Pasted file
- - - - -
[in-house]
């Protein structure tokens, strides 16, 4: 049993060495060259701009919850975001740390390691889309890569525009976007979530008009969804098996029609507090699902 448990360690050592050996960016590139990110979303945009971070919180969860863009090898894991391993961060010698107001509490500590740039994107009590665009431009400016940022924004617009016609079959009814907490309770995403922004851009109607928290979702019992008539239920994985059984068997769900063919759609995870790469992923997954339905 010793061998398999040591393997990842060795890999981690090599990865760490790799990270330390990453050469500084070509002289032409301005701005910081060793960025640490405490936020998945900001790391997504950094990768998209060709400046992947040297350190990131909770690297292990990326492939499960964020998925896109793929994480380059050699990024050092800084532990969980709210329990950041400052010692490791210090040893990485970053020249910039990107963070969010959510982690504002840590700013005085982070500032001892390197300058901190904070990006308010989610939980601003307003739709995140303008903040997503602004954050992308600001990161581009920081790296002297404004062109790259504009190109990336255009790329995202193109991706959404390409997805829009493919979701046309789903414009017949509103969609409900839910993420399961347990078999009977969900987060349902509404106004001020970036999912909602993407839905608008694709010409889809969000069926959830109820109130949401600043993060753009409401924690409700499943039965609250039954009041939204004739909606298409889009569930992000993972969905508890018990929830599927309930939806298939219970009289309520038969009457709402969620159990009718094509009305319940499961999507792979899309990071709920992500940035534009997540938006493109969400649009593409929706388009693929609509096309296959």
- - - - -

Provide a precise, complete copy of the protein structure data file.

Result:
[in-house]
């Protein structure tokens, strides 16, 4: 049993060495060259701009919850975001740390390691889309890569525009976007979530008009969804098996029609507090699902 448990360690050592050996960016590139990110979303945009971070919180969860863009090898894991391993961060010698107001509490500590740039994107009590665009431009400016940022924004617009016609079959009814907490309770995403922004851009109607928290979702019992008539239920994985059984068997769900063919759609995870790469992923997954339905 010793061998398999040591393997990842060795890999981690090599990865760490790799990270330390990453050469500084070509002289032409301005701005910081060793960025640490405490936020998945900001790391997504950094990768998209060709400046992947040297350190990131909770690297292990990326492939499960964020998925896109793929994480380059050699990024050092800084532990969980709210329990950041400052010692490791210090040893990485970053020249910039990107963070969010959510982690504002840590700013005085982070500032001892390197300058901190904070990006308010989610939980601003307003739709995140303008903040997503602004954050992308600001990161581009920081790296002297404004062109790259504009190109990336255009790329995202193109991706959404390409997805829009493919979701046309789903414009017949509103969609409900839910993420399961347990078999009977969900987060349902509404106004001020970036999912909602993407839905608008694709010409889809969000069926959830109820109130949401600043993060753009409401924690409700499943039965609250039954009041939204004739909606298409889009569930992000993972969905508890018990929830599927309930939806298939219970009289309520038969009457709402969620159990009718094509009305319940499961999507792979899309990071709920992500940035534009997540938006493109969400649009593409929706388009693929609509096309296959």